The May/June 2010 edition of IEEE Software contains an excellent "Focus" on Software Product Line management.Â The guest editors (McGregor, Muthig, Yoshimura, Jensen) introduction provides a great definition of an effective software product line strategy: "The software product line strategy is a blend of business and technical actions that lets an organization satisfy a wide range of customers, gain leverage with suppliers, meet the threats of substitute products, and deter other companies seeking to enter the market.Â The strategy is robust over a wide range of technologies and domains and organizations of different structures, cultures and goals." The guest editors assert that several elements are common to successful product lines:
- The definition of which products belong to the product line provides the context within which my other decisions are made.Â Note that this facilitates most branches from the core software line but some are considered members of the product line and some are not.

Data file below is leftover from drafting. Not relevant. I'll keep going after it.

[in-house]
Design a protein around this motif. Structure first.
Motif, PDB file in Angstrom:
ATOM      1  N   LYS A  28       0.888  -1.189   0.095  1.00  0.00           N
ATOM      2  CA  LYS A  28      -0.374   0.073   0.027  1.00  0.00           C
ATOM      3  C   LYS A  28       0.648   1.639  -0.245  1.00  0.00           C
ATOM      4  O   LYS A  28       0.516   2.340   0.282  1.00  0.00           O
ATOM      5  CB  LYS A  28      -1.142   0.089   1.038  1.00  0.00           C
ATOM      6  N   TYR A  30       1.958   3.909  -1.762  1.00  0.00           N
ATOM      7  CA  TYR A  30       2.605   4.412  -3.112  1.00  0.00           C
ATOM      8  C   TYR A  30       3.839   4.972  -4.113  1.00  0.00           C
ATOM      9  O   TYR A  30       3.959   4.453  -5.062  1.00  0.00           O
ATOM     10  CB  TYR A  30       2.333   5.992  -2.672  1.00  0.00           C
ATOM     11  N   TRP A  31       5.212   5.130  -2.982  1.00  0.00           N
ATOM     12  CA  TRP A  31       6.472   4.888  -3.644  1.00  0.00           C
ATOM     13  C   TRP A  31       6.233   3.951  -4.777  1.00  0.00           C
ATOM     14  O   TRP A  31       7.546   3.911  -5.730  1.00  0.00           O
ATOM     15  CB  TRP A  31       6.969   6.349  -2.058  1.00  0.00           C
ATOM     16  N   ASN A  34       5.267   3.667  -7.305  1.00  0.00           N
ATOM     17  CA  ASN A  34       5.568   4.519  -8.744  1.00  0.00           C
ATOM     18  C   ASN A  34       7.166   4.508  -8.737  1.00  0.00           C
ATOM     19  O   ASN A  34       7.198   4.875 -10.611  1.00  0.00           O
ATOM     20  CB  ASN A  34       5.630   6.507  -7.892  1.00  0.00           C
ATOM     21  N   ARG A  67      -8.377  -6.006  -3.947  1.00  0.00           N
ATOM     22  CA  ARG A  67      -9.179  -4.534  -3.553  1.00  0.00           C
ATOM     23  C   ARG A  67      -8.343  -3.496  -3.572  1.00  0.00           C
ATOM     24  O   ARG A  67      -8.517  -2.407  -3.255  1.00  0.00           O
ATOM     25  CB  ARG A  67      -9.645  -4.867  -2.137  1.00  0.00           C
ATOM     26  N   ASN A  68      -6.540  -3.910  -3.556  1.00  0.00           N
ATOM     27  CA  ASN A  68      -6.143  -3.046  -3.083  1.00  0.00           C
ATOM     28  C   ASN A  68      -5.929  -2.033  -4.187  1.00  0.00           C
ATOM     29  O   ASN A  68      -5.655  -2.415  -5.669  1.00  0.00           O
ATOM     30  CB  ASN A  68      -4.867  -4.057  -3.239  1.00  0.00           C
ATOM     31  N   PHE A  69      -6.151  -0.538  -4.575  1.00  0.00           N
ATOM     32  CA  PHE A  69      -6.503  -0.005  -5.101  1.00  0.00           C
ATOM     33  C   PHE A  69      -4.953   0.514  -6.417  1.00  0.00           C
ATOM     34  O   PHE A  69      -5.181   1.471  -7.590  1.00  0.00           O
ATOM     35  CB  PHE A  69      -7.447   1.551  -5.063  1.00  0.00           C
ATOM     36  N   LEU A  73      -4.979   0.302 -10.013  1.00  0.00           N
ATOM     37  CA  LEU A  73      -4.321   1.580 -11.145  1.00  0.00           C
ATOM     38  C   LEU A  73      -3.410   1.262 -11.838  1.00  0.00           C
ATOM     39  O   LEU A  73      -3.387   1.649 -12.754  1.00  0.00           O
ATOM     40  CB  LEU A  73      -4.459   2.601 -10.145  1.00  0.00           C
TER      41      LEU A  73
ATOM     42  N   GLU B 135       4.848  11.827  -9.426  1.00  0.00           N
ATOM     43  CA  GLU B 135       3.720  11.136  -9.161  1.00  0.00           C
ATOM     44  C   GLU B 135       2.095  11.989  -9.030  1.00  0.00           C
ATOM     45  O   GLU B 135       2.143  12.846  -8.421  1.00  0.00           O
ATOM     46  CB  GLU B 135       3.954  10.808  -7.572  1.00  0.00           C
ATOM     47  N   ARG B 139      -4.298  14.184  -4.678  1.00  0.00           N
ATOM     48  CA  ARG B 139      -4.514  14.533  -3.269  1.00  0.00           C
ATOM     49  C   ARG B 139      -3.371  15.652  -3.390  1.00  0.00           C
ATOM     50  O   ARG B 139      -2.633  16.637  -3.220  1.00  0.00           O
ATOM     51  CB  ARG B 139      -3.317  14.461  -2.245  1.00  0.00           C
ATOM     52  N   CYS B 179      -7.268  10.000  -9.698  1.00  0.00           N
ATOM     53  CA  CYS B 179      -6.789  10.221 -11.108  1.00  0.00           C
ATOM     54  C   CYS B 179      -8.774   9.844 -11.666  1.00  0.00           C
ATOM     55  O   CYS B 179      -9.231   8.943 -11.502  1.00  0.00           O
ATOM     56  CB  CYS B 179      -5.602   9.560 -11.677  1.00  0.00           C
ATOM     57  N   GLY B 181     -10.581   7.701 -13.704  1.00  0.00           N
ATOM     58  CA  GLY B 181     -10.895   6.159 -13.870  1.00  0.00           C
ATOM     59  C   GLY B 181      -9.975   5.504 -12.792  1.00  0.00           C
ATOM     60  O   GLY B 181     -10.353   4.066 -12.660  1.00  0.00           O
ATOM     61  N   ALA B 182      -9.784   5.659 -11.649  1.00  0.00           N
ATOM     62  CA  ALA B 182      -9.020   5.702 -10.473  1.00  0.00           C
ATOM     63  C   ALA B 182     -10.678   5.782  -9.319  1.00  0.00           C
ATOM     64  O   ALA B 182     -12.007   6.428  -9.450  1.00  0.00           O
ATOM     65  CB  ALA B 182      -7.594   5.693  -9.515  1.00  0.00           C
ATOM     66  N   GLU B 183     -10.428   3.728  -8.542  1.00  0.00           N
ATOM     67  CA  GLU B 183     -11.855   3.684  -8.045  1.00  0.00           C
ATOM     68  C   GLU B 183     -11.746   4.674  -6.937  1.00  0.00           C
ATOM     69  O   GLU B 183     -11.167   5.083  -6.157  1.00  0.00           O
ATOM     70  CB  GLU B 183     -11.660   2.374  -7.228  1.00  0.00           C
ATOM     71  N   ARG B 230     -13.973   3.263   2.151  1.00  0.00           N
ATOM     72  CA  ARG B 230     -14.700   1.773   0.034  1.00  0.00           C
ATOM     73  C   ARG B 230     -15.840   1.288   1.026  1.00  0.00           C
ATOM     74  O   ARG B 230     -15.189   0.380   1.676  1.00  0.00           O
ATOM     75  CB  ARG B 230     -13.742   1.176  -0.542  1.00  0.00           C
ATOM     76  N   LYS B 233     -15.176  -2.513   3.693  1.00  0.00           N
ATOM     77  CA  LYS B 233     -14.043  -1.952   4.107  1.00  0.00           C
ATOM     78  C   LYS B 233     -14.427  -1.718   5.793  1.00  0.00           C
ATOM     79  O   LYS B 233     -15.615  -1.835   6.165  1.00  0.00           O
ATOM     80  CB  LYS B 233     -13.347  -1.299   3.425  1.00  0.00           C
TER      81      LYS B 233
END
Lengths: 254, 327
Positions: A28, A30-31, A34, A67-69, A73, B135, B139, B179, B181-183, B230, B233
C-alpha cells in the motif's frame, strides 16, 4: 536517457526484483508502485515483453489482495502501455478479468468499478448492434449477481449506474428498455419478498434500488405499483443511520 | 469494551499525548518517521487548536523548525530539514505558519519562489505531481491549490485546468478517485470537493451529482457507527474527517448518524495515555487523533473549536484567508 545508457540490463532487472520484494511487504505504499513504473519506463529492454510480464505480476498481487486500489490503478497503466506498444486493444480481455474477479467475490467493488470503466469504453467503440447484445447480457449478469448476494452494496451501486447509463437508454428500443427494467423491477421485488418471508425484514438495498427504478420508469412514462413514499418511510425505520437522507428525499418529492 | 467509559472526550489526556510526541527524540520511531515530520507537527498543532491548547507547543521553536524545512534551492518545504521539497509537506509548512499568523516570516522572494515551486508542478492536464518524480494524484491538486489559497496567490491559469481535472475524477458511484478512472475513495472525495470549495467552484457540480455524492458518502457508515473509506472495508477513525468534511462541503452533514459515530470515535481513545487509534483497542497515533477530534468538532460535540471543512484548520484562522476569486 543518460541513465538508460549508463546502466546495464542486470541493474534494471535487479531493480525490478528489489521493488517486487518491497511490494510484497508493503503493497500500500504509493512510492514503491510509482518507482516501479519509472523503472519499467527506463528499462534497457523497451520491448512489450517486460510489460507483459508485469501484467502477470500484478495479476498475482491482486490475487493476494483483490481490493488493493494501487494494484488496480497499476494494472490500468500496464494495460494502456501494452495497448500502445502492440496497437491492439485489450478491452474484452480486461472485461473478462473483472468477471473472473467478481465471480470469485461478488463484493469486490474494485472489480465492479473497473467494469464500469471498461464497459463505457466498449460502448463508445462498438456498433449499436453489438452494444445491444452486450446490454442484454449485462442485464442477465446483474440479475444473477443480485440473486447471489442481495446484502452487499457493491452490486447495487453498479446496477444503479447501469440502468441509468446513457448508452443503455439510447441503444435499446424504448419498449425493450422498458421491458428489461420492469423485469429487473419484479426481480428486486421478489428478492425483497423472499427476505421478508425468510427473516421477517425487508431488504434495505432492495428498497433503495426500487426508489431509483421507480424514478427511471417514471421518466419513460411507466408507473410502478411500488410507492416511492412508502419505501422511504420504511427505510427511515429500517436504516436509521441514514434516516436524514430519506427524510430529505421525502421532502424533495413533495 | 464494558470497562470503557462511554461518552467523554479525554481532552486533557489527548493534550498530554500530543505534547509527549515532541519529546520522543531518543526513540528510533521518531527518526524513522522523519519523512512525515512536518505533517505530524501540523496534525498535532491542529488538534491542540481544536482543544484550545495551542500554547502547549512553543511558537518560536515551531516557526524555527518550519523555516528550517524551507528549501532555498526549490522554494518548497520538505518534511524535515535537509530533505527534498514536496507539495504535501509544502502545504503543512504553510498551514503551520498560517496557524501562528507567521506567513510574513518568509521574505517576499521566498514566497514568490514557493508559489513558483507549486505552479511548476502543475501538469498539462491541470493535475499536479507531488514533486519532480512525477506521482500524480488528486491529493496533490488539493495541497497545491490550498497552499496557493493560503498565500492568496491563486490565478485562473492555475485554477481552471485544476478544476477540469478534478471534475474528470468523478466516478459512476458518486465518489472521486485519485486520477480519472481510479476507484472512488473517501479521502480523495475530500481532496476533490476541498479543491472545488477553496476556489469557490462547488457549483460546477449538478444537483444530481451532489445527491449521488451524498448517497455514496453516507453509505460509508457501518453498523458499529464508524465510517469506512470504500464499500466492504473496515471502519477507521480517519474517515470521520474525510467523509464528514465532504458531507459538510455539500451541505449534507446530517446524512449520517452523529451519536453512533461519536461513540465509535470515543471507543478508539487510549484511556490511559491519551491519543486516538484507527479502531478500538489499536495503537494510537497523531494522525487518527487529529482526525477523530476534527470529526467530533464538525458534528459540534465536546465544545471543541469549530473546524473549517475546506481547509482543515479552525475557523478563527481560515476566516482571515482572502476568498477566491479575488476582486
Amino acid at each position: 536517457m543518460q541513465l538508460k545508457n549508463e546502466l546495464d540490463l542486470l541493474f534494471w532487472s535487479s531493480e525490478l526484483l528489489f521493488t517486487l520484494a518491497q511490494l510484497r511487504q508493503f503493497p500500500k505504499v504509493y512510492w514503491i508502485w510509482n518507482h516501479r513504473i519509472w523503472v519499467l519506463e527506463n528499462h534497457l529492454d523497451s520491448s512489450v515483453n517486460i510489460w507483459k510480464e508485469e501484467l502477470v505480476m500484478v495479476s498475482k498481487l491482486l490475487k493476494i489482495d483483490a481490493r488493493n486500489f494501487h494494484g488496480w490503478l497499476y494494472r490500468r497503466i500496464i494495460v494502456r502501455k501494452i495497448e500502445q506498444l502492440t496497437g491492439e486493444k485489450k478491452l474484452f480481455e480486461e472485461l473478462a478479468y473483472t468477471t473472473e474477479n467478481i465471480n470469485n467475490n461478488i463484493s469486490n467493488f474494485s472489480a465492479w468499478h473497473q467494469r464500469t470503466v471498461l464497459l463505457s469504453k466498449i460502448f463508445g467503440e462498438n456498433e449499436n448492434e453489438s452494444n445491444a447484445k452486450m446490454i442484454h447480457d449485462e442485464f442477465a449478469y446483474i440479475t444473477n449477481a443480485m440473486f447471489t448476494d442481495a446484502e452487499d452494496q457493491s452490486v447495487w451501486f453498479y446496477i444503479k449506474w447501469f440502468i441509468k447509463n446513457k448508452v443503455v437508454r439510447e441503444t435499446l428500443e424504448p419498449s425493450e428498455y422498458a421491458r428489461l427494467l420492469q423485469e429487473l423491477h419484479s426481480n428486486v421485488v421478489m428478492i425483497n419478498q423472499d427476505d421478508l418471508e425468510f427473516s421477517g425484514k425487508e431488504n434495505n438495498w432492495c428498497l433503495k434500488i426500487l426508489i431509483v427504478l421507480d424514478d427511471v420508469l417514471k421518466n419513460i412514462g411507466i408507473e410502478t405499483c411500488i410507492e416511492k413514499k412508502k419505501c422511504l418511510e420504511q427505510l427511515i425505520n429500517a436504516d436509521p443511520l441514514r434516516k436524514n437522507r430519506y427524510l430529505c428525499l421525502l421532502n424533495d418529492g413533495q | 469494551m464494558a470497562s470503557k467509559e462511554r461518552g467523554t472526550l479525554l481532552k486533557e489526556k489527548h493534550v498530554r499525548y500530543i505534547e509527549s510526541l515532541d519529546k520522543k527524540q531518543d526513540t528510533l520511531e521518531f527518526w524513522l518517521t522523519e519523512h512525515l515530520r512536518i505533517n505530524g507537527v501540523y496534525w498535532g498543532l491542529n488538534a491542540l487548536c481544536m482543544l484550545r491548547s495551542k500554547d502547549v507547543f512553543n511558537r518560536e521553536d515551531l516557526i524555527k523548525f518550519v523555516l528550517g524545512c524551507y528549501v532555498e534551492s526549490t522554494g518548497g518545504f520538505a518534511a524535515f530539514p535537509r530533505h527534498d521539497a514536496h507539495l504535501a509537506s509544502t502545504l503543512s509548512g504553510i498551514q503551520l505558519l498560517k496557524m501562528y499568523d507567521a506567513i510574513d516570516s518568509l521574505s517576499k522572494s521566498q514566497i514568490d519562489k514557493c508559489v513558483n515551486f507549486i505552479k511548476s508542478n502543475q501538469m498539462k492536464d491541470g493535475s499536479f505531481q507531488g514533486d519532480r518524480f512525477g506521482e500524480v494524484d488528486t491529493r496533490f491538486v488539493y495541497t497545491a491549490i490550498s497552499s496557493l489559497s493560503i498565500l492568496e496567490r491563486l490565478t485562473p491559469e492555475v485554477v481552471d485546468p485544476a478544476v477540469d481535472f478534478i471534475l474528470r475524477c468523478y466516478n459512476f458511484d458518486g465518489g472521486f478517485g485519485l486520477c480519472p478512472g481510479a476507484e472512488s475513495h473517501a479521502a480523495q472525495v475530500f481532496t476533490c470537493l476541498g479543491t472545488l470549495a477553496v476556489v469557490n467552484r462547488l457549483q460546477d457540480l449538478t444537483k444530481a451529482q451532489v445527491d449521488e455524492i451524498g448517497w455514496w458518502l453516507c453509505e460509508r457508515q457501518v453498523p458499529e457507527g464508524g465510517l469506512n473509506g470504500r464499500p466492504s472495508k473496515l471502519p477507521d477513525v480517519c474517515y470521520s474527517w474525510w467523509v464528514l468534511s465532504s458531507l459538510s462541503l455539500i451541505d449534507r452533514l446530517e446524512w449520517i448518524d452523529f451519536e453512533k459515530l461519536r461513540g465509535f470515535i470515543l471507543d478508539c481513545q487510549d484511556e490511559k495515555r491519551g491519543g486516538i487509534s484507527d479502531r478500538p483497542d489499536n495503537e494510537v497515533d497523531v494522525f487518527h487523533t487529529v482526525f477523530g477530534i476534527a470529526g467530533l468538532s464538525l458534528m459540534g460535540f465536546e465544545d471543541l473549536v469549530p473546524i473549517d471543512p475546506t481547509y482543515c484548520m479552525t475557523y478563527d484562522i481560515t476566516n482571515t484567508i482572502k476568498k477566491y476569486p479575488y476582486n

- The organization uses a common software product line architecture as the basis for each product.Â The architecture provides the basis for exploiting commonality and managing variation.
- Commonality is sufficiently defined to realize economies of scale.Â This is particularly true for reuse and maintenance.
- Variation is sufficiently well managed to realize economies of scope.Â The important message here is that the core has responsibility to support all variations within the product line.
- The organization is structured and operated to facilitate building reusable assets and building products using those assets.Â This sounds obvious but it is not an easy thing to implement.Â Two keys to re-usability are documentation and trust.Â The assets to be reused must be clearly documented so that new users understand what they do (and don't do) bu then the new users must trust the documentation.Â It is very tempting for the new user to trust their own new implementation more than the old existing one.